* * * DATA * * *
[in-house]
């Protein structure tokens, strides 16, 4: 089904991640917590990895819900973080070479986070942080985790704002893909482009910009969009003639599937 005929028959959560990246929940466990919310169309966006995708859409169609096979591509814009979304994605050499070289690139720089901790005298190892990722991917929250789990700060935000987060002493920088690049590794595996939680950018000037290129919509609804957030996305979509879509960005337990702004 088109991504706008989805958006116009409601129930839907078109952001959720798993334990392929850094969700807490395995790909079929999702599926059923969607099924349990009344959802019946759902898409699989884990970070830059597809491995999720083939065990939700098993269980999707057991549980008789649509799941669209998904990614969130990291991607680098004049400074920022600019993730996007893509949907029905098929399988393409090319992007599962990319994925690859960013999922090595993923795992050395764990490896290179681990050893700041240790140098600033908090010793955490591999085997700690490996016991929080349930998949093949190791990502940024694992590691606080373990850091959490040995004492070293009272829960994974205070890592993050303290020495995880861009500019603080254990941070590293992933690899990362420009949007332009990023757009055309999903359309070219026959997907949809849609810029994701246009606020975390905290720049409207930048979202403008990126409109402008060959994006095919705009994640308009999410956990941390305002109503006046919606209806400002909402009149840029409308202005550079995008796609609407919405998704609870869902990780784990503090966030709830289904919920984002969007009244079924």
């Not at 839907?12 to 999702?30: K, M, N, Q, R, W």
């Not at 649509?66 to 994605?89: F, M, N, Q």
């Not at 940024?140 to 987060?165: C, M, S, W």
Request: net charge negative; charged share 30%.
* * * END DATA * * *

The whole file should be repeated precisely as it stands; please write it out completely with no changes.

[in-house]
């Protein structure tokens, strides 16, 4: 089904991640917590990895819900973080070479986070942080985790704002893909482009910009969009003639599937 005929028959959560990246929940466990919310169309966006995708859409169609096979591509814009979304994605050499070289690139720089901790005298190892990722991917929250789990700060935000987060002493920088690049590794595996939680950018000037290129919509609804957030996305979509879509960005337990702004 088109991504706008989805958006116009409601129930839907078109952001959720798993334990392929850094969700807490395995790909079929999702599926059923969607099924349990009344959802019946759902898409699989884990970070830059597809491995999720083939065990939700098993269980999707057991549980008789649509799941669209998904990614969130990291991607680098004049400074920022600019993730996007893509949907029905098929399988393409090319992007599962990319994925690859960013999922090595993923795992050395764990490896290179681990050893700041240790140098600033908090010793955490591999085997700690490996016991929080349930998949093949190791990502940024694992590691606080373990850091959490040995004492070293009272829960994974205070890592993050303290020495995880861009500019603080254990941070590293992933690899990362420009949007332009990023757009055309999903359309070219026959997907949809849609810029994701246009606020975390905290720049409207930048979202403008990126409109402008060959994006095919705009994640308009999410956990941390305002109503006046919606209806400002909402009149840029409308202005550079995008796609609407919405998704609870869902990780784990503090966030709830289904919920984002969007009244079924």
């Not at 839907?12 to 999702?30: K, M, N, Q, R, W």
């Not at 649509?66 to 994605?89: F, M, N, Q």
């Not at 940024?140 to 987060?165: C, M, S, W």
Request: net charge negative; charged share 30%.